When OPEC’s new chief starts next week, he’ll take over an organization that’s largelyreconciled internal differences after a two-year fight over strategy. But as oil prices sink again, that unity could be at risk.
Nigerian Mohammed Barkindo will be the first new top official at the Organization of Petroleum Exporting Countries in almost a decade. He comes to the role after a dispute over output policy split OPEC’s richest and poorest nations and marked the final months of his predecessor’s tenure. While members now back Saudi Arabia’s tactic of pumping without restraint to choke off supply from rivals such as U.S. shale drillers, many struggle with its effects.
Oil’s 53 percent recovery since January hasn’t boosted prices enough to relieve the economic pain that pushed some members, notably Venezuela, into a state of crisis. Worse still, crude is sliding back toward $40 a barrel as demand growth slows and the slump in U.S. production levels off, with drilling again on the rise.
“Barkindo is taking the post at a critical time for the organization,” said Abdulsamad al-Awadhi, who was Kuwait’s national representative to OPEC from 1980 to 2001. “His success will not only rely on his relations to Saudi Arabia” and its Gulf allies, “he has to win the confidence of the other founding members: Iran, Iraq and Venezuela,” he said.
Venezuela, Iraq, Nigeria, Algeria and Libya were dubbed by RBC Capital Markets as OPEC’s ‘Fragile Five,’’ the countries most at risk of political turmoil as they struggle to balance their budgets. Only Kuwait and Qatar are close to their fiscal break-even points with oil prices at $50 a barrel, according to the International Monetary Fund. Saudi Arabia, while needing higher prices, can tap its foreign currency reserves, the world’s fourth largest, to cover any shortfall.
“Clearly, it’s a very divided organization,” Mike Wittner, head of oil market research at Societe Generale SA in New York, said by phone. “There’s the haves and have-nots. The haves are the core Gulf countries, and then there’s everybody else. In a long and painful down cycle, those divisions become starker than ever.”
Venezuela’s embattled socialist government is struggling to pay for vital imports and service debt, while enduring the sharpest contraction in a decade and the highest inflation rate in the world. Barkindo’s native Nigeria is suffering a recession for the first time since 1991 and a plunge in its currency to a record low as the oil rout is compounded by militant attacks on pipelines and other facilities.
The schism between OPEC’s richest and poorest states widened in the run-up to Barkindo’s appointment, as the wealthy Gulf nations insisted on unfettered production to defend market share, while a bloc led by Venezuela urged them to cut output and boost prices.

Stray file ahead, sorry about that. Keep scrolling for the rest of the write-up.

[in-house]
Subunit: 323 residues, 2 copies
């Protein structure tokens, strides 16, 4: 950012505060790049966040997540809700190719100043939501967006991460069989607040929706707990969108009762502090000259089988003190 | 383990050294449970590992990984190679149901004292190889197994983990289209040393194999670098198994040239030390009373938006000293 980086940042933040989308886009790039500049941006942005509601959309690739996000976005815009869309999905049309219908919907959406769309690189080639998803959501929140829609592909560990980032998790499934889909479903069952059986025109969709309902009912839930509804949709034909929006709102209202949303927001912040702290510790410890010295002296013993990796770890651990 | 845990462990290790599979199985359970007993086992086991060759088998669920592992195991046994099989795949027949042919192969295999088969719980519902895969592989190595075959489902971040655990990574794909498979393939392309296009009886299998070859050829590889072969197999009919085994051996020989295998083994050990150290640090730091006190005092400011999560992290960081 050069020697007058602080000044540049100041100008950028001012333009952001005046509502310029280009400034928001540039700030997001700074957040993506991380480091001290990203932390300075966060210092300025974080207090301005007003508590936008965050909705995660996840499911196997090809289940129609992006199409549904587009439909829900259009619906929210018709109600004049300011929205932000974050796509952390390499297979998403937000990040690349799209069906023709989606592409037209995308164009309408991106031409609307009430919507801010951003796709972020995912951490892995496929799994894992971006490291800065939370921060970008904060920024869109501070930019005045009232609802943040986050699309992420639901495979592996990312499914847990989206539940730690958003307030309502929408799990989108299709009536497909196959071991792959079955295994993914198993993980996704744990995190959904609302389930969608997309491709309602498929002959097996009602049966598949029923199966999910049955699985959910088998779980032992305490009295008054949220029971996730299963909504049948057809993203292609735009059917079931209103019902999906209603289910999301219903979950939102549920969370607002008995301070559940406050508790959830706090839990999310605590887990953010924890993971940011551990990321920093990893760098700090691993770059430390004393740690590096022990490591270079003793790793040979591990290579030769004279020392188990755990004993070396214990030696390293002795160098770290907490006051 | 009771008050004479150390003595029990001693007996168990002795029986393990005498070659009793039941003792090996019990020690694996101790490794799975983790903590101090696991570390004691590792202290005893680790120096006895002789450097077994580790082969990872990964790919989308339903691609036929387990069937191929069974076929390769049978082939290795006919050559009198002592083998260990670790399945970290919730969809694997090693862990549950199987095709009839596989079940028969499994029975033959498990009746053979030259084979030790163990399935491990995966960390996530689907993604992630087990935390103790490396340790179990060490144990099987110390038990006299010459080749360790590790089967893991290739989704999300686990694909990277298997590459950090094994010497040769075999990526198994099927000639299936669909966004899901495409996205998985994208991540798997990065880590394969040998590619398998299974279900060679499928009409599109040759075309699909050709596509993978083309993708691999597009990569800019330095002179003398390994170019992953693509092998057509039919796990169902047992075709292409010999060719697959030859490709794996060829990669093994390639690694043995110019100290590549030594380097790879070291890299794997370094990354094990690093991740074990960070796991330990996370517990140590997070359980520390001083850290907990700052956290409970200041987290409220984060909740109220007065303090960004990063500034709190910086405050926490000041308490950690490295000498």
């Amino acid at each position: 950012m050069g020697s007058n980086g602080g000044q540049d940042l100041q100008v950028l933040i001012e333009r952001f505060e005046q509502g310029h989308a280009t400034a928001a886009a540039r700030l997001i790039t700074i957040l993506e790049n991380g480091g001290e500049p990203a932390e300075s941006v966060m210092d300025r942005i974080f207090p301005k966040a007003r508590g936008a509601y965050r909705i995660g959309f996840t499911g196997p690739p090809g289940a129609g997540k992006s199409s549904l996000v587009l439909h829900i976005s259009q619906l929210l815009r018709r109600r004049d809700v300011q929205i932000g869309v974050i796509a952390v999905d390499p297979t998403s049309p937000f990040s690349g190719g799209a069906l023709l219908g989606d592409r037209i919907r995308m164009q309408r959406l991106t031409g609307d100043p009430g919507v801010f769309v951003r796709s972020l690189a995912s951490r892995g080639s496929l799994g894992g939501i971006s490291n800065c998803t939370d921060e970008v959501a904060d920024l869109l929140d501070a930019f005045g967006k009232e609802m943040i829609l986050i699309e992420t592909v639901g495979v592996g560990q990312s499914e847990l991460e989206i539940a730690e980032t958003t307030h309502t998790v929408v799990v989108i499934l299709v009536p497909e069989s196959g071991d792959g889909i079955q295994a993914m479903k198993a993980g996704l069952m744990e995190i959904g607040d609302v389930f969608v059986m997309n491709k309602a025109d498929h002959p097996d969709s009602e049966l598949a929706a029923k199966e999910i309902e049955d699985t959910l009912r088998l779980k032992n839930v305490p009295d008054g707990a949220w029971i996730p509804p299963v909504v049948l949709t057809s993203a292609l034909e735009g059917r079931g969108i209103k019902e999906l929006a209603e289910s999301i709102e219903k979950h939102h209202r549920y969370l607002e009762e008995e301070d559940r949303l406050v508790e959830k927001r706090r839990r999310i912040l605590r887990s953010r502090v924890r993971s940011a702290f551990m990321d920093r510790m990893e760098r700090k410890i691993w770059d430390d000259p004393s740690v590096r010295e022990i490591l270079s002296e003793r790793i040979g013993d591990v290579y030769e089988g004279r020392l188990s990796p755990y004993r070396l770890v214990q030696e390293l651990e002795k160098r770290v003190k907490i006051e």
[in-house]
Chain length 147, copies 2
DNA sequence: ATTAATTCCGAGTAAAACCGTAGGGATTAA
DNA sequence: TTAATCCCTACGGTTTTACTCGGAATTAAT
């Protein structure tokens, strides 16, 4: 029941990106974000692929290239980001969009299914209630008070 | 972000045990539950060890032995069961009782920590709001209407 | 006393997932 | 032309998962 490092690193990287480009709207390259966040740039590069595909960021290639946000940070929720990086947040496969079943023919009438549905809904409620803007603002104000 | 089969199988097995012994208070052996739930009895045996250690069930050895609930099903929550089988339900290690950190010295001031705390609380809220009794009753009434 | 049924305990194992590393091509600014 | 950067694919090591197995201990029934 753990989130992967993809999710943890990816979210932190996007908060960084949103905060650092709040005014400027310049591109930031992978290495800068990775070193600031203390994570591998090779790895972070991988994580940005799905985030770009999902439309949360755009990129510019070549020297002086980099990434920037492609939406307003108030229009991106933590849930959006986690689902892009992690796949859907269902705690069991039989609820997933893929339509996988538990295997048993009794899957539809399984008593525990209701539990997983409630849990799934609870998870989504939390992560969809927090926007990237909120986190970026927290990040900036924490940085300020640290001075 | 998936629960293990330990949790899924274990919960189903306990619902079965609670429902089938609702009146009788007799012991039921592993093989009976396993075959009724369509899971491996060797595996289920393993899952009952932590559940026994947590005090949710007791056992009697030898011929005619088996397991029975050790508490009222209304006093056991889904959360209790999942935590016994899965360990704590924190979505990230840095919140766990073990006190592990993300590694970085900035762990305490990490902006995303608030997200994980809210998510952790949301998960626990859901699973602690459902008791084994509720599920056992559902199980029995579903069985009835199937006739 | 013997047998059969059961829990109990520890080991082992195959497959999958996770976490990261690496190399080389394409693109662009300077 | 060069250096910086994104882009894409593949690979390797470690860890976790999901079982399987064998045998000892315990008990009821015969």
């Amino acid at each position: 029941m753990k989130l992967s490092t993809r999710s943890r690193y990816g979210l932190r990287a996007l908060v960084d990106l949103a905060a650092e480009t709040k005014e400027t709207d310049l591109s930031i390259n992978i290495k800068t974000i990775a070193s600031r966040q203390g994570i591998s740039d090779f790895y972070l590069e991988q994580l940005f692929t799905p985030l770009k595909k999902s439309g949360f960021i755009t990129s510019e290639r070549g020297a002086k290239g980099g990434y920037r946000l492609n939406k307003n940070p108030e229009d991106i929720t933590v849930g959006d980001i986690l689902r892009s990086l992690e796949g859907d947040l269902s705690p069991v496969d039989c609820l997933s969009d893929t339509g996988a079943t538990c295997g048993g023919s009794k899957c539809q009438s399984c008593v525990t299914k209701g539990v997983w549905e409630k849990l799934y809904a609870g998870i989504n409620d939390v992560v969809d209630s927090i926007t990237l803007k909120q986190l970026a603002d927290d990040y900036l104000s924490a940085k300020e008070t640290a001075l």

While Barkindo’s predecessor, Libya’s Abdalla El-Badri, had been due to stand down in 2012 after serving the maximum two terms allowed by OPEC’s rules, he was repeatedly asked to stay on as members failed to agree on a successor.
In December 2015, frustrated by their failure to reverse Saudi Arabia’s strategy, Venezuela and its allies insisted that by mid-2016 a replacement should be found for El-Badri, who had defended the market-share policy. Barkindo was chosen as his successor when the group next gathered on June 2.
Barkindo was acting secretary general in 2006 and served for several years as one of Nigeria’s OPEC representative. He also was managing director of state-owned Nigerian National Petroleum Corp. in 2010.
“He is a highly skillful negotiator and middleman” and these qualities “will be tested significantly” by the divisions in OPEC, said Ed Morse, head of commodities research at Citigroup Inc. in New York. “Barkindo will be as successful as anyone could be, more successful than most others,” having learned from experiences in Nigeria’s oil industry how “to forge agreements through compromise,” he said.
Although the secretary general doesn’t set policy, the role is important as the organization’s public representative and, as was often the case with El-Badri, its top internal diplomat, resolving disputes between members. There are now 14 with the recent addition of Gabon.
Tensions between OPEC’s members have always been a feature of the organization and haven’t prevented the group’s latest maneuver from being successful, said Societe Generale’s Wittner.
Still, cohesion has been key for some of OPEC’s most effective actions, such as the record supply cuts that helped revive prices after the 2008 financial crisis. Coordination may be needed again in the future as rising fuel demand and the rout in non-OPEC supply makes the world more reliant on new supplies from OPEC, Wittner said.
As OPEC’s present strategy is to remain passive while the market corrects itself, Barkindo’s first challenge may be to define the organization’s function in this new context, said Jamie Webster, an independent analyst in Washington who regularly attends OPEC meetings.
“The big thing he’s going to have to deal with is trying to show they’re still relevant,” said Webster. “They’re searching for relevance in an era when they’re not really making any decisions. Not dead, but certainly in hibernation.”